How to Get from Here to There: Macrophage Recruitment in Alzheimer's Disease

Regenerative Medicine Institute, Department of Biomedical Sciences, Cedars-Sinai Medical Center, 8700 Beverly Blvd., SSB3 Room 361, Los Angeles, CA 90048, USA.
Current Alzheimer research (Impact Factor: 3.8). 02/2011; 8(2):156-63. DOI: 10.2174/156720511795256017
Source: PubMed

ABSTRACT Alzheimer's disease (AD) is pathologically defined by presence of intracellular neurofibrillary tangles and extracellular amyloid plaques comprised of amyoid-β (Aβ) peptides. Despite local recruitment of brain microglia to sites of amyloid deposition, these mononuclear phagocytes ultimately fail at restricting β-amyloid plaque formation. On the other hand, it is becoming increasingly clear that professional phagocytes from the periphery possess Aβ clearance aptitude. Yet, in order to harness this beneficial innate immune response, effective strategies must be developed to coax monocytes/macrophages from the periphery into the brain. It has previously been suggested that Aβ 'immunotherapy' clears cerebral Aβ deposits via mononuclear phagocytes, and recent evidence suggests that targeting transforming growth factor-β-Smad 2/3 signaling and chemokine pathways such as Ccr2 impacts blood-to-brain trafficking of these cells in transgenic mouse models of AD. It has also been shown that the fractalkine receptor (Cx3cr1) pathway plays a critical role in chemotaxis of mononuclear phagocytes toward neurons destined for death in AD model mice. In order to translate these basic science findings into AD treatments, a key challenge will be to develop a new generation of pharmacotherapeutics that safely and effectively promote recruitment of peripheral amyloid phagocytes into the AD brain.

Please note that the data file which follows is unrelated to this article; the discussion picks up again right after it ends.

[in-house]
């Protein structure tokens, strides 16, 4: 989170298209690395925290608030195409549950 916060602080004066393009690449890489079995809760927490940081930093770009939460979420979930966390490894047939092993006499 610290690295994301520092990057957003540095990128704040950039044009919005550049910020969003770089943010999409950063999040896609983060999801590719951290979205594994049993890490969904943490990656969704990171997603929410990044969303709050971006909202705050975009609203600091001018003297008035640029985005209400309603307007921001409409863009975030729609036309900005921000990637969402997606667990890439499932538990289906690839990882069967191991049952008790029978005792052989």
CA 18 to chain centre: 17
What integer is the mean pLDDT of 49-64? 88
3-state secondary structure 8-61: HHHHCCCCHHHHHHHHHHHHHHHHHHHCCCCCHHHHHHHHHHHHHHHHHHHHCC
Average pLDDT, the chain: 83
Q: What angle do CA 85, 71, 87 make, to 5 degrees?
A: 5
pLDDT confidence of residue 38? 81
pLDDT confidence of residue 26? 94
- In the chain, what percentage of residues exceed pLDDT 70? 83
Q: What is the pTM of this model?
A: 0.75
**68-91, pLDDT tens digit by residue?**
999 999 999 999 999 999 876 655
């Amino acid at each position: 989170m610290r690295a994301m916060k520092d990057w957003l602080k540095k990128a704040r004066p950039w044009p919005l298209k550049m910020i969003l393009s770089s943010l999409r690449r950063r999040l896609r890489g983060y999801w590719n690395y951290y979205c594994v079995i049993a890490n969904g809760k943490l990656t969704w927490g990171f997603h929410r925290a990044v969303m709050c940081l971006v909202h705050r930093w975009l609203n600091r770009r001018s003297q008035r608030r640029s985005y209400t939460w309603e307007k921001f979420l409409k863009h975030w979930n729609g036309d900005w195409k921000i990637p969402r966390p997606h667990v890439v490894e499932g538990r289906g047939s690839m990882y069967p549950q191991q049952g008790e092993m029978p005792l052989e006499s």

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Available from: David Gate, Aug 13, 2014
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